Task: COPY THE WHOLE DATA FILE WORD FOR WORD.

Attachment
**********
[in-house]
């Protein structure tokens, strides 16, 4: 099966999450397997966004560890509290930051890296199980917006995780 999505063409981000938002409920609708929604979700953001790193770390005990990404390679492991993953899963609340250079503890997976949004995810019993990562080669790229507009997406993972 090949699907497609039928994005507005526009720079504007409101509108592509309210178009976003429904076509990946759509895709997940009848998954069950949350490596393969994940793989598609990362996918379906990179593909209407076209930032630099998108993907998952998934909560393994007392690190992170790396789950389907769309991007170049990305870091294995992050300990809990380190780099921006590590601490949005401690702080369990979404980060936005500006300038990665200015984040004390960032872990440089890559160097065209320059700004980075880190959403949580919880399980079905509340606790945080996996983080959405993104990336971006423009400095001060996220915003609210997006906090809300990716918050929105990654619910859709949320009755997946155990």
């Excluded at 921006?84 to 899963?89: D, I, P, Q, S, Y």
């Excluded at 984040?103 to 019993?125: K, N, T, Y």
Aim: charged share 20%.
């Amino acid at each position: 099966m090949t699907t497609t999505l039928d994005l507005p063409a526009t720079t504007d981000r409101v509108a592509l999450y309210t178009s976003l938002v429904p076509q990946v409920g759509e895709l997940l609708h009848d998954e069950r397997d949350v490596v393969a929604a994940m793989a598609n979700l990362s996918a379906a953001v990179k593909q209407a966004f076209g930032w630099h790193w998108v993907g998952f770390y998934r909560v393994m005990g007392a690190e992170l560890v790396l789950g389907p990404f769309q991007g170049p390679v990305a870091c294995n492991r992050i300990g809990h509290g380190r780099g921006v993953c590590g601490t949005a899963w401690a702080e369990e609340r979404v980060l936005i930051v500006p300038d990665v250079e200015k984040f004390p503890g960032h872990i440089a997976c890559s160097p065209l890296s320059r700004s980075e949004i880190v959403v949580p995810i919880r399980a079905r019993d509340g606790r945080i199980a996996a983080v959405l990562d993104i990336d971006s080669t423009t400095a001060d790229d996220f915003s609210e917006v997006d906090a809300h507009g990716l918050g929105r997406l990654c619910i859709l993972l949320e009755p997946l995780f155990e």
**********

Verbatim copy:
[in-house]
């Protein structure tokens, strides 16, 4: 099966999450397997966004560890509290930051890296199980917006995780 999505063409981000938002409920609708929604979700953001790193770390005990990404390679492991993953899963609340250079503890997976949004995810019993990562080669790229507009997406993972 090949699907497609039928994005507005526009720079504007409101509108592509309210178009976003429904076509990946759509895709997940009848998954069950949350490596393969994940793989598609990362996918379906990179593909209407076209930032630099998108993907998952998934909560393994007392690190992170790396789950389907769309991007170049990305870091294995992050300990809990380190780099921006590590601490949005401690702080369990979404980060936005500006300038990665200015984040004390960032872990440089890559160097065209320059700004980075880190959403949580919880399980079905509340606790945080996996983080959405993104990336971006423009400095001060996220915003609210997006906090809300990716918050929105990654619910859709949320009755997946155990």
């Excluded at 921006?84 to 899963?89: D, I, P, Q, S, Y």
């Excluded at 984040?103 to 019993?125: K, N, T, Y």
Aim: charged share 20%.
């Amino acid at each position: 099966m090949t699907t497609t999505l039928d994005l507005p063409a526009t720079t504007d981000r409101v509108a592509l999450y309210t178009s976003l938002v429904p076509q990946v409920g759509e895709l997940l609708h009848d998954e069950r397997d949350v490596v393969a929604a994940m793989a598609n979700l990362s996918a379906a953001v990179k593909q209407a966004f076209g930032w630099h790193w998108v993907g998952f770390y998934r909560v393994m005990g007392a690190e992170l560890v790396l789950g389907p990404f769309q991007g170049p390679v990305a870091c294995n492991r992050i300990g809990h509290g380190r780099g921006v993953c590590g601490t949005a899963w401690a702080e369990e609340r979404v980060l936005i930051v500006p300038d990665v250079e200015k984040f004390p503890g960032h872990i440089a997976c890559s160097p065209l890296s320059r700004s980075e949004i880190v959403v949580p995810i919880r399980a079905r019993d509340g606790r945080i199980a996996a983080v959405l990562d993104i990336d971006s080669t423009t400095a001060d790229d996220f915003s609210e917006v997006d906090a809300h507009g990716l918050g929105r997406l990654c619910i859709l993972l949320e009755p997946l995780f155990e």